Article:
Waste-to-energy plant at first hurdle

By Cam Lucadou-Wells

A $15 million waste-to-energy plant in Dandenong South has been put on hold after being narrowly approved by Greater Dandenong councillors.

After the 28 October vote, Cr Maria Sampey lodged a rescission motion for councillors to reconsider the planning permit two weeks later.

The Great Southern Waste Technologies plant at 70 Ordish Road is proposed to incinerate an annual 100,000 tonnes of non-recyclable waste otherwise bound for landfill.

It would convert it to about 9.3 megawatts of power a year.

The plant features a 55-metre tall smoke stack, and is designed for no stockpiling of waste on-site.

The site is in an industrial 2 zone, the home to the most offensive industries and at least 1500 metres from residential areas.

At the 28 October meeting, councillors were split 5-5 on granting a planning permit. Mayor Youhorn Chea’s casting vote decided the matter in the affirmative.

Controversially, the Environment Protection Authority Victoria hasn’t yet assessed the environmental impact.

Opposing councillors said there needed to be more information and consultation prior to the vote.

“My objection is we don’t know much about it,” Cr Matthew Kirwan told the meeting.

The suburb bordered Keysborough and Dandenong, yet there were no details on emissions, environmental impact nor site and environmental management plans, he said.

“It’s not good enough for myself as a councillor to say that this is the EPA’s problem, they’ll do it later.

“That’s not reasonable, that’s not something I can justify to residents. That’s not responsible.”

Cr Maria Sampey said it was “dangerous” that councillors weren’t making an “informed decision”.

“I don’t have blind faith in even the EPA. I think sometimes even the EPA hides things from residents.”

Cr Jim Memeti said the proposal being “so close to residential homes” should have been advertised instead of being “swept under the carpet so quickly”.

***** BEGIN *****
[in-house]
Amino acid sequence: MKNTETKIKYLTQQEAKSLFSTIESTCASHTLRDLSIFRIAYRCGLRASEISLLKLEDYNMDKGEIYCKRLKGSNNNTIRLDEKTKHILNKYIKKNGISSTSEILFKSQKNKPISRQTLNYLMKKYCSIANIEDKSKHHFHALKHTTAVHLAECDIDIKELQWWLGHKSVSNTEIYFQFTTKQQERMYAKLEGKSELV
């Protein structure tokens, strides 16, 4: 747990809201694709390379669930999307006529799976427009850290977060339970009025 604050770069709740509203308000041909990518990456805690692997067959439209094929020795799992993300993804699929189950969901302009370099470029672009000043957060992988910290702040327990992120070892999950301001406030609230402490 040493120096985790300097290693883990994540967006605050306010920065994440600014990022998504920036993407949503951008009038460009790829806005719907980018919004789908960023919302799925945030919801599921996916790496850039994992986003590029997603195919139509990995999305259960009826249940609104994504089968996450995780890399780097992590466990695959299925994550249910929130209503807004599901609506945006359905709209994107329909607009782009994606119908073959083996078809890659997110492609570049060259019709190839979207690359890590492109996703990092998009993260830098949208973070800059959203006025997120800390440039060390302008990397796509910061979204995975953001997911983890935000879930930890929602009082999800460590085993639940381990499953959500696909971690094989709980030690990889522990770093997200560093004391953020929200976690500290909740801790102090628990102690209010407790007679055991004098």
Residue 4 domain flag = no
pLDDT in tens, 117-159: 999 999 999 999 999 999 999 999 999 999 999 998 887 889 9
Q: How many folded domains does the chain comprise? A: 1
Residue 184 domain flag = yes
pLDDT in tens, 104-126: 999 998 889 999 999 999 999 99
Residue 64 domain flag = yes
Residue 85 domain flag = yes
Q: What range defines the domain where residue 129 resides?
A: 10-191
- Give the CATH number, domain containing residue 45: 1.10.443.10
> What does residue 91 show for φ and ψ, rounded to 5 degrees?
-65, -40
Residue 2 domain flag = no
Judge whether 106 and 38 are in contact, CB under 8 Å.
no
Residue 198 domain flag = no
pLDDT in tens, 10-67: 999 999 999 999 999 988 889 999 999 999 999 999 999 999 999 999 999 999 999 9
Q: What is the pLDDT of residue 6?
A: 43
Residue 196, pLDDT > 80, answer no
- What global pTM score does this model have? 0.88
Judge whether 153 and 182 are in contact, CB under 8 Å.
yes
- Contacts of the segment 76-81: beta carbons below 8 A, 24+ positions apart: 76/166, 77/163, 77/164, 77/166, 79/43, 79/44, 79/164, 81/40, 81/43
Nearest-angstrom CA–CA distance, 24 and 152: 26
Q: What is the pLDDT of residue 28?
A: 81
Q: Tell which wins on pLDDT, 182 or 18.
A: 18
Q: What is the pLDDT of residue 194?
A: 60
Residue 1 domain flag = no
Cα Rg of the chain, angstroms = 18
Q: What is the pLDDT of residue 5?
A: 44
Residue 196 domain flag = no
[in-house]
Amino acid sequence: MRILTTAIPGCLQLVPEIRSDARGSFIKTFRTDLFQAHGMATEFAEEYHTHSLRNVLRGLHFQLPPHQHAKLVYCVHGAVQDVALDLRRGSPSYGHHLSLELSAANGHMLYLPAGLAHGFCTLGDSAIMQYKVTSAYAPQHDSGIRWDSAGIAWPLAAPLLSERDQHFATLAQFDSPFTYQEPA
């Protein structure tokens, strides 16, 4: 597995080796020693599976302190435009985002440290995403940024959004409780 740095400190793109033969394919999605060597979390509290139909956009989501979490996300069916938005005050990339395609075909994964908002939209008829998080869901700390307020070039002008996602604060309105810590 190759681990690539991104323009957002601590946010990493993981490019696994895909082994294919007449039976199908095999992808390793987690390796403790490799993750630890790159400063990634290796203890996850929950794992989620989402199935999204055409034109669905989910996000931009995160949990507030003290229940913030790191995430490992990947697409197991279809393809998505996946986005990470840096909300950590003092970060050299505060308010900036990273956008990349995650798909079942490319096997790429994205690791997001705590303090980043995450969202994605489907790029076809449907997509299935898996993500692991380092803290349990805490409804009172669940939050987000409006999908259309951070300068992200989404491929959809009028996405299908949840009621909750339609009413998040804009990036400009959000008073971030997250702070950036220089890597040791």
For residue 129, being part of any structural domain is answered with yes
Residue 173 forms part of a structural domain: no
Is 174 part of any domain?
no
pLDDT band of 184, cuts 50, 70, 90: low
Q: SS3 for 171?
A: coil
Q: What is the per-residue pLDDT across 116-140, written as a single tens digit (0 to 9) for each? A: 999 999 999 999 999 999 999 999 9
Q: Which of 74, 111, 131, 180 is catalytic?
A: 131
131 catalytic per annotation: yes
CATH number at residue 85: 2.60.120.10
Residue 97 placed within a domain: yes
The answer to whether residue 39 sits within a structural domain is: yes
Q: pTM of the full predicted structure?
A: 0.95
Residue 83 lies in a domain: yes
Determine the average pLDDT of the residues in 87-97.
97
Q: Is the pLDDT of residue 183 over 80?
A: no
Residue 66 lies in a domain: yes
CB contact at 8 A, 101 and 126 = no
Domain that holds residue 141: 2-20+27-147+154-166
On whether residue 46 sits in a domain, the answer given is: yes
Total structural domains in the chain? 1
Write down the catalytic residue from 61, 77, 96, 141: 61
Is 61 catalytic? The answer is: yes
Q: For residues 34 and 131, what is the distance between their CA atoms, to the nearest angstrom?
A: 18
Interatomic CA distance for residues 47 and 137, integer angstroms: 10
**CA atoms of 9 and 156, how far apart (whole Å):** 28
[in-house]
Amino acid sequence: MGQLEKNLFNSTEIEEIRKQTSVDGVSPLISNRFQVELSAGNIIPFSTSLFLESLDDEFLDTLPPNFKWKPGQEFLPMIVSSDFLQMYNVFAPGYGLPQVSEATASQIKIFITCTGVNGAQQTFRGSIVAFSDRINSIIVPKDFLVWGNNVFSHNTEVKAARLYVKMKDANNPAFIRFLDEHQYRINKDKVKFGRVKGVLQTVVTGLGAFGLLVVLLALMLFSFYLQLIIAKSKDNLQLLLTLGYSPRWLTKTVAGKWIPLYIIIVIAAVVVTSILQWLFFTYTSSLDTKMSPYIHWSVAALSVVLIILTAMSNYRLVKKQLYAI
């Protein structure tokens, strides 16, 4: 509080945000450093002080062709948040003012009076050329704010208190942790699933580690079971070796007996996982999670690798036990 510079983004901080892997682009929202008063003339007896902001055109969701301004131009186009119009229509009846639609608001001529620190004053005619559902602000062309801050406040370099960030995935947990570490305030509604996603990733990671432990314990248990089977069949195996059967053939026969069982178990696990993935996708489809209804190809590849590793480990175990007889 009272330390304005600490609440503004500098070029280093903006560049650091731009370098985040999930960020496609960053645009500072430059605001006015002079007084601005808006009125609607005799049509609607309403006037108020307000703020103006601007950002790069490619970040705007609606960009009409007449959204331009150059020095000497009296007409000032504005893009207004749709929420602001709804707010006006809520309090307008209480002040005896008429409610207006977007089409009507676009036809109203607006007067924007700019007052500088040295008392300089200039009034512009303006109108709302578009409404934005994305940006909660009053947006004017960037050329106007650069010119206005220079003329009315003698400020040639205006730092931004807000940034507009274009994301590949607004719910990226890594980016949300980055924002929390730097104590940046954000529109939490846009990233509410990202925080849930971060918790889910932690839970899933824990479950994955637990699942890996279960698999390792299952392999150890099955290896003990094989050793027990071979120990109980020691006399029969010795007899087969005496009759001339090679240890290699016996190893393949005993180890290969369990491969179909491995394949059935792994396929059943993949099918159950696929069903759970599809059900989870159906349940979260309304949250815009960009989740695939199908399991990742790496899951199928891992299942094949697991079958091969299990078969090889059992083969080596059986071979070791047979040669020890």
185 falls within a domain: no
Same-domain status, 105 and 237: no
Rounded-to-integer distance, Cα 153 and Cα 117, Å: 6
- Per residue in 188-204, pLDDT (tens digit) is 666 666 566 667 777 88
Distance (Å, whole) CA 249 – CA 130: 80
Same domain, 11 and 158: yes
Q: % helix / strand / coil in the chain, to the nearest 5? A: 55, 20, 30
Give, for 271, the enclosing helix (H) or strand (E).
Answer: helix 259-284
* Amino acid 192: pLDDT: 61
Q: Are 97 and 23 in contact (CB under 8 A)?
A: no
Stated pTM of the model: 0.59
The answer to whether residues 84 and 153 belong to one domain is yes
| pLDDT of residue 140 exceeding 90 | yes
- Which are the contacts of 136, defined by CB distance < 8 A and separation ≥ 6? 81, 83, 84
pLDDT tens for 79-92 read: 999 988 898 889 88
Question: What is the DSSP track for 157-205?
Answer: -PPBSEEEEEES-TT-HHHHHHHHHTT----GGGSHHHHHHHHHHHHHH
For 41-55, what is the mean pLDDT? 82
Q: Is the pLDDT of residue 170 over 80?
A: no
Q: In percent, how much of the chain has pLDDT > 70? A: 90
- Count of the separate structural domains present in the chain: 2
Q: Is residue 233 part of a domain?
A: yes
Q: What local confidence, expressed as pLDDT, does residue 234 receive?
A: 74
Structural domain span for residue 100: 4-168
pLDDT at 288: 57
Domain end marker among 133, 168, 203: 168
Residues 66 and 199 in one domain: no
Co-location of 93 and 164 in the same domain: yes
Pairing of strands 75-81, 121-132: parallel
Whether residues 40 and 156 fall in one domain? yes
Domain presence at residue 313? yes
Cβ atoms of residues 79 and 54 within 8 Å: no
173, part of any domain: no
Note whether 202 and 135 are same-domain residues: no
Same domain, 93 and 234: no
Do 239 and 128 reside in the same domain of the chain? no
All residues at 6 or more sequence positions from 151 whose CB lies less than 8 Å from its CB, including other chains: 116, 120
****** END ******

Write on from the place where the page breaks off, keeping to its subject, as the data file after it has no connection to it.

Cr Tim Dark, in support of the project, said “state-of-the-art” European technology was being used in the project. It was a practical solution to the recycling crisis, he said.

“We don’t have the capacity to keep storing it in landfill and big holes.”

It was up to the council whether to approve the building design, prior to the EPA assessment, he said.

“I don’t believe we’re in a position of opposing something that hasn’t had the fair chance of heading to the EPA yet.”

Cr Sean O’Reilly said the council should “stay within our lane” and “understand the EPA is trusted to do its job”.

“We can have philosophical arguments on what the EPA is going to do and not going to do. It’s really out of our hands.”

A council report said that in regard to the land use, the proposal was “appropriate” and “will not raise unreasonable adverse amenity impacts”. The EPA did not object to the planning permit.

The environmental impacts were to be considered in a “highly detailed and technical” works approval process by the EPA, the report stated.

“As such, Council is not to consider this level of technical environmental detail, and rather is to consider the appropriateness of the land use and built form.”

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